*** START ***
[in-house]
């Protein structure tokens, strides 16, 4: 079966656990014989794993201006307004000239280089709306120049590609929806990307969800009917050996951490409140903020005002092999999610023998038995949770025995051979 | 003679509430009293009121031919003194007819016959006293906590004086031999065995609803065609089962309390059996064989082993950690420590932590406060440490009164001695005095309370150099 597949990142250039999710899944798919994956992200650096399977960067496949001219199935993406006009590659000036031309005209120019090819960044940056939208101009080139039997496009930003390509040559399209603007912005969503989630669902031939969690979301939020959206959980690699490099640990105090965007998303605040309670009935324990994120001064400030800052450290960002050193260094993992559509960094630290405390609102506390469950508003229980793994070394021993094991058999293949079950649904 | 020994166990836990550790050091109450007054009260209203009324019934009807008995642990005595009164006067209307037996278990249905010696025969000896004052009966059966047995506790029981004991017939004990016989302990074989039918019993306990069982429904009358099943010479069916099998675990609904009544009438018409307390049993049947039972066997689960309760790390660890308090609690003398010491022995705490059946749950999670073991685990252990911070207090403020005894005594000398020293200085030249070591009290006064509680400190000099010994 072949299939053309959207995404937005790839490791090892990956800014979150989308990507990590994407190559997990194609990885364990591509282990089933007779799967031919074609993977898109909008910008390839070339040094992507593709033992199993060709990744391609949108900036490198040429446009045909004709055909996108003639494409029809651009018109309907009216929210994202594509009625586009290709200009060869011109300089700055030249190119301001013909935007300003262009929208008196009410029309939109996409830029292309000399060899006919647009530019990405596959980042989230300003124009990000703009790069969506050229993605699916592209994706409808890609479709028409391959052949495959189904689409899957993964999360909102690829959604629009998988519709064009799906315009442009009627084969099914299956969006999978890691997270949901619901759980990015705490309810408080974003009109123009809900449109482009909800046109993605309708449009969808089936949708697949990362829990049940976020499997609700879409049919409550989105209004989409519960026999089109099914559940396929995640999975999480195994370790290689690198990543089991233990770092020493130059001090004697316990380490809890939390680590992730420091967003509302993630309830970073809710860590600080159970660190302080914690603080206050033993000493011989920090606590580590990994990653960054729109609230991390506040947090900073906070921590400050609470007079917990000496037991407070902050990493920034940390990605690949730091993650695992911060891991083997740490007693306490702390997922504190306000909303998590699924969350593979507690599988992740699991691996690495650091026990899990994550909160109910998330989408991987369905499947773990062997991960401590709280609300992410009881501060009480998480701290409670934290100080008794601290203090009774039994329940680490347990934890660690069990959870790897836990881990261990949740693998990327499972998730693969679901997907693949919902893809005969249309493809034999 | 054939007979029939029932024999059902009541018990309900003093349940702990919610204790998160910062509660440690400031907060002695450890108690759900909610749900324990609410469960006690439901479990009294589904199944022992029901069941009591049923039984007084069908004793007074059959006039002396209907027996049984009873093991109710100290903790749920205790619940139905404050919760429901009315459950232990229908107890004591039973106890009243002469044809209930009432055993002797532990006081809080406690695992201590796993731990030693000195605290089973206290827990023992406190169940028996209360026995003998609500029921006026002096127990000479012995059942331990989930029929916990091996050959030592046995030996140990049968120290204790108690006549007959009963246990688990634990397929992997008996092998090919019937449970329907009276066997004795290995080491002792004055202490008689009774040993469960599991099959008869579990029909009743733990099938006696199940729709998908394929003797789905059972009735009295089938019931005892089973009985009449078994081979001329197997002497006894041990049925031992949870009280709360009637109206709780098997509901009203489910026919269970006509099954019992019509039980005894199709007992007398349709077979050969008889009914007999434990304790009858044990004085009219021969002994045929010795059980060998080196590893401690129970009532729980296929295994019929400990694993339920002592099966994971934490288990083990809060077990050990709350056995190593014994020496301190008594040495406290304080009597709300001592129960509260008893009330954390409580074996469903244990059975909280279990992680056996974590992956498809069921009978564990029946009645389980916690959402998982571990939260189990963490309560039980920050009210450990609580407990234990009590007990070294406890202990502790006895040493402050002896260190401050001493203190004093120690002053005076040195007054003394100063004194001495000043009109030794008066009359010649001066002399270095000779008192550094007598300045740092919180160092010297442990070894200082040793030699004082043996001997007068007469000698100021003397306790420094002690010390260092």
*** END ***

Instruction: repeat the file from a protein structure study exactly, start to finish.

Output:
[in-house]
């Protein structure tokens, strides 16, 4: 079966656990014989794993201006307004000239280089709306120049590609929806990307969800009917050996951490409140903020005002092999999610023998038995949770025995051979 | 003679509430009293009121031919003194007819016959006293906590004086031999065995609803065609089962309390059996064989082993950690420590932590406060440490009164001695005095309370150099 597949990142250039999710899944798919994956992200650096399977960067496949001219199935993406006009590659000036031309005209120019090819960044940056939208101009080139039997496009930003390509040559399209603007912005969503989630669902031939969690979301939020959206959980690699490099640990105090965007998303605040309670009935324990994120001064400030800052450290960002050193260094993992559509960094630290405390609102506390469950508003229980793994070394021993094991058999293949079950649904 | 020994166990836990550790050091109450007054009260209203009324019934009807008995642990005595009164006067209307037996278990249905010696025969000896004052009966059966047995506790029981004991017939004990016989302990074989039918019993306990069982429904009358099943010479069916099998675990609904009544009438018409307390049993049947039972066997689960309760790390660890308090609690003398010491022995705490059946749950999670073991685990252990911070207090403020005894005594000398020293200085030249070591009290006064509680400190000099010994 072949299939053309959207995404937005790839490791090892990956800014979150989308990507990590994407190559997990194609990885364990591509282990089933007779799967031919074609993977898109909008910008390839070339040094992507593709033992199993060709990744391609949108900036490198040429446009045909004709055909996108003639494409029809651009018109309907009216929210994202594509009625586009290709200009060869011109300089700055030249190119301001013909935007300003262009929208008196009410029309939109996409830029292309000399060899006919647009530019990405596959980042989230300003124009990000703009790069969506050229993605699916592209994706409808890609479709028409391959052949495959189904689409899957993964999360909102690829959604629009998988519709064009799906315009442009009627084969099914299956969006999978890691997270949901619901759980990015705490309810408080974003009109123009809900449109482009909800046109993605309708449009969808089936949708697949990362829990049940976020499997609700879409049919409550989105209004989409519960026999089109099914559940396929995640999975999480195994370790290689690198990543089991233990770092020493130059001090004697316990380490809890939390680590992730420091967003509302993630309830970073809710860590600080159970660190302080914690603080206050033993000493011989920090606590580590990994990653960054729109609230991390506040947090900073906070921590400050609470007079917990000496037991407070902050990493920034940390990605690949730091993650695992911060891991083997740490007693306490702390997922504190306000909303998590699924969350593979507690599988992740699991691996690495650091026990899990994550909160109910998330989408991987369905499947773990062997991960401590709280609300992410009881501060009480998480701290409670934290100080008794601290203090009774039994329940680490347990934890660690069990959870790897836990881990261990949740693998990327499972998730693969679901997907693949919902893809005969249309493809034999 | 054939007979029939029932024999059902009541018990309900003093349940702990919610204790998160910062509660440690400031907060002695450890108690759900909610749900324990609410469960006690439901479990009294589904199944022992029901069941009591049923039984007084069908004793007074059959006039002396209907027996049984009873093991109710100290903790749920205790619940139905404050919760429901009315459950232990229908107890004591039973106890009243002469044809209930009432055993002797532990006081809080406690695992201590796993731990030693000195605290089973206290827990023992406190169940028996209360026995003998609500029921006026002096127990000479012995059942331990989930029929916990091996050959030592046995030996140990049968120290204790108690006549007959009963246990688990634990397929992997008996092998090919019937449970329907009276066997004795290995080491002792004055202490008689009774040993469960599991099959008869579990029909009743733990099938006696199940729709998908394929003797789905059972009735009295089938019931005892089973009985009449078994081979001329197997002497006894041990049925031992949870009280709360009637109206709780098997509901009203489910026919269970006509099954019992019509039980005894199709007992007398349709077979050969008889009914007999434990304790009858044990004085009219021969002994045929010795059980060998080196590893401690129970009532729980296929295994019929400990694993339920002592099966994971934490288990083990809060077990050990709350056995190593014994020496301190008594040495406290304080009597709300001592129960509260008893009330954390409580074996469903244990059975909280279990992680056996974590992956498809069921009978564990029946009645389980916690959402998982571990939260189990963490309560039980920050009210450990609580407990234990009590007990070294406890202990502790006895040493402050002896260190401050001493203190004093120690002053005076040195007054003394100063004194001495000043009109030794008066009359010649001066002399270095000779008192550094007598300045740092919180160092010297442990070894200082040793030699004082043996001997007068007469000698100021003397306790420094002690010390260092």